As shown in FIGS. 1-2, a further ramp section 22 is hingedly connected to beaver tail section 14. Ramp section 22 rests on the ground and is in line with beaver tail section 14 so that equipment or other loads may be conveniently moved up ramp section 22 and beaver tail section 14 and then onto horizontal section 12.
Ramp section 22 may take any suitable form. In the illustrated embodiment, ramp section 22 is in the form of a pair of legs 22a, 22b. If desired, a one-piece section may be of any suitable size or shape including, for example, a trapazoidal shape wherein the narrow end rests on the ground. As shown in FIG. 1, ramp section 22 forms a shallow angle A with the ground. Angle A is, for example, between 10° and 16°, and preferably 13° since this provides the optimum angle for moving a load onto the truck bed while still taking the height and space requirements into account.
Advantageously ramp section 22 is detachably connected to beaver tail section 14 by removable hinge pins 23. This detachable mounting permits ready replacement of ramp legs 22a, 22b should it be desired to use a different size or different shaped ramp section. As best shown in FIG. 3, hinge pins 23 are made longer than the width of ramp legs 22a, 22b. Accordingly ramp legs 22a, 22b may be shifted on brackets 25 horizontally with respect to beaver tail section 14. This lateral shifting permits ramp legs 22a, 22b to be precisely positioned to accommodate any specific load. Thus, for example, the ramp legs may be positioned to conform to the spacing between the wheels of heavy equipment that might be rolled up section 22. After ramp legs 22a, 22b are shifted to their intended position, the ramp legs may be held in any suitable adjustable locking elements movably mounted on hinge pins 23 or the ramp may be held in place under its own weight.
The use of spaced legs 22a, 22b for ramp section instead of continuous section is also desirable because the spacing betwen the legs permits the vehicle tail lights to be clearly visible when ramp section 22 is in its folded condition.
As shown in FIG. 1, each ramp leg is provided with a U-shaped support 24 which may take any suitable form such as a plate or post connected perpendiculary to its ramp section 22. As also shown in FIG. 1, a hydraulic piston cylinder mechanism 26 is connected to support 24 and to an extension 28 from beaver tail section 14.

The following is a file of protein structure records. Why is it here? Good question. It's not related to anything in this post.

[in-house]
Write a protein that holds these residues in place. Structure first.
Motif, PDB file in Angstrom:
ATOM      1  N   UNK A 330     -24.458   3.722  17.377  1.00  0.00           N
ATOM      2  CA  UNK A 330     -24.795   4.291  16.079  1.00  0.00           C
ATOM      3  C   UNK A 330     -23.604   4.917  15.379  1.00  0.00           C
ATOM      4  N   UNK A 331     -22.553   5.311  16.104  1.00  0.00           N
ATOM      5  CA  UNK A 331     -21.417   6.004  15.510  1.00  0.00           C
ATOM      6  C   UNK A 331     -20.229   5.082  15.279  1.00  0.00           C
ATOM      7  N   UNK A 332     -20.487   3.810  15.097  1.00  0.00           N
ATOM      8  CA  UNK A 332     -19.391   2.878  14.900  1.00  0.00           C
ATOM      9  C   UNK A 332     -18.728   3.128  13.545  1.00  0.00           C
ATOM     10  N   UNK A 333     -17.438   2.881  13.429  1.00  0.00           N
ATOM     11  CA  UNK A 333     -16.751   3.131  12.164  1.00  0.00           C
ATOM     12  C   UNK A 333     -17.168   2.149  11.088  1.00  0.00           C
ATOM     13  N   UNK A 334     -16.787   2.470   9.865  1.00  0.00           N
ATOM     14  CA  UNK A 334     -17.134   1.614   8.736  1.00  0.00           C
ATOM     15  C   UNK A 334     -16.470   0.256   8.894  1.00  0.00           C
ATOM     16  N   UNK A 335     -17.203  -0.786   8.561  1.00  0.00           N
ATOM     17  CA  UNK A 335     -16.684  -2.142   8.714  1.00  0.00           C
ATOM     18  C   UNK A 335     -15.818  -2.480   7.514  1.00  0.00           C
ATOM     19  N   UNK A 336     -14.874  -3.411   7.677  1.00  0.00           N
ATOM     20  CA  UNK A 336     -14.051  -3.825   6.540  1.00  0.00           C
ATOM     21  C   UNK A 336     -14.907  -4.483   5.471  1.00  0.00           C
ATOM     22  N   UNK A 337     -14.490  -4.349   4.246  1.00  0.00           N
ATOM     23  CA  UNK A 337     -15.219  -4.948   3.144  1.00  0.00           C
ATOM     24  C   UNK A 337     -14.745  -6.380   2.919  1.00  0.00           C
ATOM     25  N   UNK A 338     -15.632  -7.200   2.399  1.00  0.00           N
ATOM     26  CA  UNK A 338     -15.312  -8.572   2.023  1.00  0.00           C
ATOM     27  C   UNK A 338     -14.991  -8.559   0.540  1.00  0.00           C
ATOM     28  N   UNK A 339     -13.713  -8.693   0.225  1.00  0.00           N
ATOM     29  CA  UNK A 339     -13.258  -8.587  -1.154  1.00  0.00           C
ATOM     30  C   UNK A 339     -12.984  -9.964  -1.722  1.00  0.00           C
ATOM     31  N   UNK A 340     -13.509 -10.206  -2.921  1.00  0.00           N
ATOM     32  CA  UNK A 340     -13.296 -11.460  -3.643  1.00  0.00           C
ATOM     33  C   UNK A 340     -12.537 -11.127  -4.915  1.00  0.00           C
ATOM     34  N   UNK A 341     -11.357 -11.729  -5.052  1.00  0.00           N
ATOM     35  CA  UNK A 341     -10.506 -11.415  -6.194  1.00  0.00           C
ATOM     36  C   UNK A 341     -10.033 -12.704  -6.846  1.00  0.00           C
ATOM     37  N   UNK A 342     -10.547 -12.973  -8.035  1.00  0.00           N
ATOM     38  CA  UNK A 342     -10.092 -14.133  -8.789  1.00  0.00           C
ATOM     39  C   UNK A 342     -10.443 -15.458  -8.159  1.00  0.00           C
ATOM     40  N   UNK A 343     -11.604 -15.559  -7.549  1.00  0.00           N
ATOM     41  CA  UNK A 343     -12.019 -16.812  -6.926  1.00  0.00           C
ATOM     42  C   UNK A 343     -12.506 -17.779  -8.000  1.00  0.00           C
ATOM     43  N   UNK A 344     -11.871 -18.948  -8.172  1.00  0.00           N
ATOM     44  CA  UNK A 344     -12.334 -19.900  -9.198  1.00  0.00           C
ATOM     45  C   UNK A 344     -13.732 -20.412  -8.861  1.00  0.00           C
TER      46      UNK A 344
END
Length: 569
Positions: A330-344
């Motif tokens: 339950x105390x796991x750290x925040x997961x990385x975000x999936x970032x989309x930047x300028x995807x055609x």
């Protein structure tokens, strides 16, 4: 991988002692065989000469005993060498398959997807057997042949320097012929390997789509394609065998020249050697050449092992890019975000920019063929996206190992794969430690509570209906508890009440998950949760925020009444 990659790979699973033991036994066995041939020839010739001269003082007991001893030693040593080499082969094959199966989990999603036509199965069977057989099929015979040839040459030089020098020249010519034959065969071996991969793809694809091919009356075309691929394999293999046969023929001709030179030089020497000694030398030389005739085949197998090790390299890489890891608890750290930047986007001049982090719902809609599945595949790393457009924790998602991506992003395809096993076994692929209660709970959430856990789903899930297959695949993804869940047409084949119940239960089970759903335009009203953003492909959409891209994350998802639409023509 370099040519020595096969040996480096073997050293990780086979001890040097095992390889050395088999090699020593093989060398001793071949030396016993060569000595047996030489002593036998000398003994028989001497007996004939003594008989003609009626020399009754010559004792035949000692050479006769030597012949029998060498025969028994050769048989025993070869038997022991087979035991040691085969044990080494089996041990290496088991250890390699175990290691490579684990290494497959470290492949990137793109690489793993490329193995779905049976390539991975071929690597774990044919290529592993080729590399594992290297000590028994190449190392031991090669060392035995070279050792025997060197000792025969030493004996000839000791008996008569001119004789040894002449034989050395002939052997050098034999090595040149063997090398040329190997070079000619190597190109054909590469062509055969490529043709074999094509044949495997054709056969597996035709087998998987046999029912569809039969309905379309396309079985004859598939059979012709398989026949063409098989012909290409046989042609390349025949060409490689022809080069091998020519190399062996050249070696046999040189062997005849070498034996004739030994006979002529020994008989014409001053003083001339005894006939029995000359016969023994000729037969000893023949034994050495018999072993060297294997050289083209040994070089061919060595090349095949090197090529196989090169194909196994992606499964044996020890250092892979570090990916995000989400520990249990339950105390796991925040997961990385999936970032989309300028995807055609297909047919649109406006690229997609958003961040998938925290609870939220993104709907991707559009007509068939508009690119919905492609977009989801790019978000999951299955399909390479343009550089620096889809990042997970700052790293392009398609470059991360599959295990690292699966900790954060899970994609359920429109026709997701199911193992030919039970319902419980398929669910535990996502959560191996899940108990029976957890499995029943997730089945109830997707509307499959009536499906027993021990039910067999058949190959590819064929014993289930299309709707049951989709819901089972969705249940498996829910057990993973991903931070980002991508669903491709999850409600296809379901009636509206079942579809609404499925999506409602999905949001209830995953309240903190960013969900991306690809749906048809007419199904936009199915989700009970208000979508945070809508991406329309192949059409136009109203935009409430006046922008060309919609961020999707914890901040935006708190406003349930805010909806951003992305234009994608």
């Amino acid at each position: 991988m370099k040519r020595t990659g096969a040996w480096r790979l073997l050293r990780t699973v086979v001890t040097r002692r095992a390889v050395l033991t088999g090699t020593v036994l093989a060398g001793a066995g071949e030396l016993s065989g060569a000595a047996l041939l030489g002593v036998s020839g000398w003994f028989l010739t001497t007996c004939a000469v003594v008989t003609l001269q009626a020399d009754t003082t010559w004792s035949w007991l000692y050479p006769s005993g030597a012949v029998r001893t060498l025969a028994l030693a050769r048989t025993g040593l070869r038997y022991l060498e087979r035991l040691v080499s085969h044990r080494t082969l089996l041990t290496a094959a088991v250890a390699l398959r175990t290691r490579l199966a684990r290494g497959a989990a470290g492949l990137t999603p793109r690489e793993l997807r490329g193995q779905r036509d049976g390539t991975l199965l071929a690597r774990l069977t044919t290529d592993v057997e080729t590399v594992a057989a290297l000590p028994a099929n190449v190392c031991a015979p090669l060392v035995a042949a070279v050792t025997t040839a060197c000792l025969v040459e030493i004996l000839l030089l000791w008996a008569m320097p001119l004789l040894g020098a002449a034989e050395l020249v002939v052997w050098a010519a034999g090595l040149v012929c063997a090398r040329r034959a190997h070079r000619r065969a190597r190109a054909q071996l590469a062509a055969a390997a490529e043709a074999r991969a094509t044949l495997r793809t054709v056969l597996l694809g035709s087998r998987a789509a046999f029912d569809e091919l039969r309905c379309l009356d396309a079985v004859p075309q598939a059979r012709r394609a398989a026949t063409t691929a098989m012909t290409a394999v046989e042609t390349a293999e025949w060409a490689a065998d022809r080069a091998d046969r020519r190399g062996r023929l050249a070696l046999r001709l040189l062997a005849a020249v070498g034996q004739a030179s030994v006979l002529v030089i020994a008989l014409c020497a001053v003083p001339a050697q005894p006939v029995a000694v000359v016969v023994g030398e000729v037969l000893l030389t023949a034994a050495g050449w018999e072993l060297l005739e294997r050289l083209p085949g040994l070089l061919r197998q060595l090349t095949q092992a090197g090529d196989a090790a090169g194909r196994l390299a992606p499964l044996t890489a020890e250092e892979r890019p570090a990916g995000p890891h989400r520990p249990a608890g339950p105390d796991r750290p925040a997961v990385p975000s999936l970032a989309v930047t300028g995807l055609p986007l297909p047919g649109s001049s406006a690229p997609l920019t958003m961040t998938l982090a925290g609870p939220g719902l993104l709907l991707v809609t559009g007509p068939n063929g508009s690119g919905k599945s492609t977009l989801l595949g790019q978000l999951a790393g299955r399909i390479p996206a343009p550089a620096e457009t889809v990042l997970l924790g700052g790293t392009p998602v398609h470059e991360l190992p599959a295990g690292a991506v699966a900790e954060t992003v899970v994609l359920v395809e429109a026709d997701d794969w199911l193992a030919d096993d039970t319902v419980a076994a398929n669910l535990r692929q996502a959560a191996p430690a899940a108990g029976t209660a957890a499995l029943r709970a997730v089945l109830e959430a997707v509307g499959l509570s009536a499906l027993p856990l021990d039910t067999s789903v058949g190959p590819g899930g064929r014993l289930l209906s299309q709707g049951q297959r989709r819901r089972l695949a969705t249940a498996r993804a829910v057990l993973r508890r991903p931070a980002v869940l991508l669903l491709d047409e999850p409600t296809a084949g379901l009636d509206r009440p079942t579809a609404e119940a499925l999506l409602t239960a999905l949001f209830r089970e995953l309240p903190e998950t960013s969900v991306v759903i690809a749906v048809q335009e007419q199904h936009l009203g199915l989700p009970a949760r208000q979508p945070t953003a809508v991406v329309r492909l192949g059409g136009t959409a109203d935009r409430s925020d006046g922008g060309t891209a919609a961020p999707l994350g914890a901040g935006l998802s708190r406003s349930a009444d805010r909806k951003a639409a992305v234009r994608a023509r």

Mechanism 26 serves the dual function of folding ramp section 22 upon the beaver tail or inclined section 14 during periods of non-loading use and also of holding the ramp sections in the inclined stored condition. FIG. 1, for example, shows in phantom ramp section 22 elevated in its stored condition as well as supports 24 being elevated so that the truck may be driven with the ramp folded to a position of non-interference. As is also apparent, mechanism 26 is hingedly connected to support 24 and extension 26 to permit this folding action.
In operation, transporting unit 10 would be mounted to truck T in any suitable manner and locked thereto by any suitable means. Ramp 22 would be in the folded condition shown in phantom in FIG. 1. Truck T would then be driven to any suitable site where it is desired to load the truck. Mechanism 26 would then be actuated so that ramp 22 is moved to the position shown in full lines in FIG. 1. Heavy equipment or other loads may then be moved up ramp 22 onto beaver tail or inclined position 14 and then onto horizontal section 12. Any suitable means may then be utilized to secure the load in place during later transportation on truck T. After truck T has been sufficiently loaded, ramp 22 would then be folded to its nonuse condition, and the load could be taken wherever desired.
FIG. 5 illustrates a variation of the invention wherein the hydraulic mechanism is replaced by a manual locking arrangement in the form of a rod 30 having hook extension 32 which may be placed in a ring or other opening 34 provided on ramp 22. Hook extension 32 could then be locked in place in any suitable manner such as by a cotter pin 36 connected to chain 38 for a quick connect and quick disconnect. As shown in FIG. 5, chain 38 would be permanently secured at its opposite end to rod 30. Rod 30 would also be secured to a mounting bracket 40 provided on beaver tail section 14 with a tension spring 42 disposed around rod 30, the tension rod of which is regulated by adjustment nut 44.
FIG. 6 shows yet another alternative form of this invention which is particularly designed for use as a dump truck. As shown therein, a dump box 46 would be secured to horizontal section 12 with a hydraulic lifting device 48 (attached at its other end to truck frame 11) provided for elevating the dump box. A further lifting device 50 would connect the dump box 46 to a vertical extension 52 secured to beaver tail or inclined section 14. Lifting mechanism 50 would permit a raising of the beaver tail 14 by extending the piston from the cylinder of mechanism 50. FIG. 6 also illustrates the inclusion of both a ramp cylinder 26 as well as the ramp safety lock or rod 30. The embodiment of FIG. 6 also differs from FIG. 1 in that the beaver tail is hinged at hinge pin 54 to horizontal section 12 rather than being integral in FIG. 1. As also shown in FIG. 6, a beaver tail lock bar 56 is provided to assure connection of the beaver tail 14 with horizontal 12 during conditions of loading use. FIG. 6 further illustrates hinge pin 58 for the dump box 46, attached to truck frame 11.